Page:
W3C home > Mailing lists > Public > whatwg@whatwg.org > March 2008

[whatwg] INS and DEL in lists

From: Tab Atkins Jr. <jackalmage@gmail.com>
Date: Fri, 28 Mar 2008 13:29:11 -0500
Message-ID: <dd0fbad0803281129p59d85323tbe11f1d371b401f0@mail.gmail.com>
On Fri, Mar 28, 2008 at 12:07 PM, Krzysztof ?elechowski <
giecrilj at stegny.2a.pl> wrote:

>
> Dnia 28-03-2008, Pt o godzinie 09:12 -0500, Tab Atkins Jr. pisze:
>
> > >And the original problem can be solved using CSS2;
> > >I only wanted to bring a similar example:
> > >HTML poorly supports interleaving unrelated markup streams.
> > Please, elaborate.  The reason this is a problem is because it *can't*
> > be well-solved with CSS.
>
> How about <LI CLASS="DEL" >?
>
Conveys no semantics, unfortunately.  Non-css browsers will have no way of
knowing that this is a deleted item.  That's the whole point of having a
<del> element in the first place.


>
> >
> > On the other hand, mixing together lists and tables doesn't seem to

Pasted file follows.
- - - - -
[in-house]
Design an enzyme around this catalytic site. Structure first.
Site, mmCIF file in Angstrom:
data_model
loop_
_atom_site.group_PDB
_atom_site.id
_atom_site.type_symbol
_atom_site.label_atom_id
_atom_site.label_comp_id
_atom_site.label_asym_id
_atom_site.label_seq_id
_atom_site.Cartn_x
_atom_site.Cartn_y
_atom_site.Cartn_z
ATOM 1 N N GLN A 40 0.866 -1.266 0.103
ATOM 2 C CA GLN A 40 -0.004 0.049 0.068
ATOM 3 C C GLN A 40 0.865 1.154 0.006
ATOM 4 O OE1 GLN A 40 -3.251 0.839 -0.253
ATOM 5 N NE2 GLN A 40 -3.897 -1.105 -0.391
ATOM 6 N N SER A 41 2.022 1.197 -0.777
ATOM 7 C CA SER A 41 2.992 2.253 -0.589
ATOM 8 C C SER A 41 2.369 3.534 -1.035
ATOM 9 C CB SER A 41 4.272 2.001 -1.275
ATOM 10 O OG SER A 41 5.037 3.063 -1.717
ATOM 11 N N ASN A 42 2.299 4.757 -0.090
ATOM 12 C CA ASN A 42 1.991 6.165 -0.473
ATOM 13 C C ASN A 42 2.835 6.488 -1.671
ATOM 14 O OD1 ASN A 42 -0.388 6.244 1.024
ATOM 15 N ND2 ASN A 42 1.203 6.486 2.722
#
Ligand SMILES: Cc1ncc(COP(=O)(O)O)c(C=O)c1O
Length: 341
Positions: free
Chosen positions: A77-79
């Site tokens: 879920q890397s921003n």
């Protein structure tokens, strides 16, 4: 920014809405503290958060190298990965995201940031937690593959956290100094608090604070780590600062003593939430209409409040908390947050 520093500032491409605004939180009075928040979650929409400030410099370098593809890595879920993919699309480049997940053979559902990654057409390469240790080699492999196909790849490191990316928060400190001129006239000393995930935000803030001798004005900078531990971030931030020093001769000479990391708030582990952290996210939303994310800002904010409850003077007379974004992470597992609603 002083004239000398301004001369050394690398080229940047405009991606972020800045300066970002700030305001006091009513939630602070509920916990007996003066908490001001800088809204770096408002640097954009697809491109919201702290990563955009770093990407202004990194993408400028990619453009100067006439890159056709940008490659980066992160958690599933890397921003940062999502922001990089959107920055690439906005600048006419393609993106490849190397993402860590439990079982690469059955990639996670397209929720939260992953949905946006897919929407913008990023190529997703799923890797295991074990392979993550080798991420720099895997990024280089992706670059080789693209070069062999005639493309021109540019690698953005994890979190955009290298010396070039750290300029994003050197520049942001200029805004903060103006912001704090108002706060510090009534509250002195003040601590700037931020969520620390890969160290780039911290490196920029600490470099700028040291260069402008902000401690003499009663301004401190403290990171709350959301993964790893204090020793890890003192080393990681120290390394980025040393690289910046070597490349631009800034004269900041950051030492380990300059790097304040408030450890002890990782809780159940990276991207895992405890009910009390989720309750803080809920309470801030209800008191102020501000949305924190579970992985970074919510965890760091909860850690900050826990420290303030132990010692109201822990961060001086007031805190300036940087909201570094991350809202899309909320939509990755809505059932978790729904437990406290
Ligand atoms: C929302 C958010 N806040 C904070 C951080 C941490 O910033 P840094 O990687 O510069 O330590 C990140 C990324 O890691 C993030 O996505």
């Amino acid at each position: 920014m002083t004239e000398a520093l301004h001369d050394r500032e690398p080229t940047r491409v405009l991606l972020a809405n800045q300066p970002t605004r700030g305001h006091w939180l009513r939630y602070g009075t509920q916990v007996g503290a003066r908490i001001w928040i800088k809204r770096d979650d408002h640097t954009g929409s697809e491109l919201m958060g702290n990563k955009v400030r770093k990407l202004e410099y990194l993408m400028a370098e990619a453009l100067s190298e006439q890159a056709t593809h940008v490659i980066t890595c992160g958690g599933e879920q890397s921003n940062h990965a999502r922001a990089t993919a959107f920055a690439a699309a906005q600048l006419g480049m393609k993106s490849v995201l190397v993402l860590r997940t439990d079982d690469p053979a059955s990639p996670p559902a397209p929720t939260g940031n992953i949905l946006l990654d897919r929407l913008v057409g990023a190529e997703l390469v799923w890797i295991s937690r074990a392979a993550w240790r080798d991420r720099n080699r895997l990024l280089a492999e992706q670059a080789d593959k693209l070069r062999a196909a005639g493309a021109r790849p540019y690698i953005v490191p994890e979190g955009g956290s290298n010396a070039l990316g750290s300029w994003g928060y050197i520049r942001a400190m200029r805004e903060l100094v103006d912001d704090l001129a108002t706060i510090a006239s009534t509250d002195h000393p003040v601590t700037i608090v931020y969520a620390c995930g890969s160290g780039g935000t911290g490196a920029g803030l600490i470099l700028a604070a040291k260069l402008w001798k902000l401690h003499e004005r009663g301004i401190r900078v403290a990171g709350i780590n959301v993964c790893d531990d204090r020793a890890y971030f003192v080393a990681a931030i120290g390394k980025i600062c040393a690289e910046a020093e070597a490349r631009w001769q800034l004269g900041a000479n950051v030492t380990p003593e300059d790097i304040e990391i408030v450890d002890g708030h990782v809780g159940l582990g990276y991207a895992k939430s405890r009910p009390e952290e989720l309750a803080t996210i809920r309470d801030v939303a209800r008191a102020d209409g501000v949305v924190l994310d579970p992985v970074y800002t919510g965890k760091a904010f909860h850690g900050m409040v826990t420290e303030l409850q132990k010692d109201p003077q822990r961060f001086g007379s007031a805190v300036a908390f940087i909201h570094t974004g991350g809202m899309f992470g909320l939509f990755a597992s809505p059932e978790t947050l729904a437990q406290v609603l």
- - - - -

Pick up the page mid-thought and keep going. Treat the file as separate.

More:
> > have any good semantic interpretation.
>
> How about bilingual lists that have to be aligned in two columns?
>
> > The reason I objected to that example was because you'd pretty much
> > just be jacking the *display* of <ol> for your own purposes, without
> > regard to the semantics.  If you just want something numbered without
> > giving it proper list semantics, hand-number it or use generated
> > content.
>
> On the other hand, once I have a list, I can put it into a table cell.
> Then I translate the list into the neighbouring cell
> and I realise that the translations do not align.
> According to your recipe,
> I have to convert the original list structure to something else,
> something that older browsers do not support well.
> I feel frustrated about that.
>
Ah, so in *this* case you're actually hijacking the *table* display while
ignoring semantics.   You could just use a table to display it (I think the
semantics would probably be okay).  If you want the list semantics
specifically, use a *single* list and wrap each translation in a container
that you can then give a defined width so that they stack next to each
other.  That's just the first thing that came to mind.
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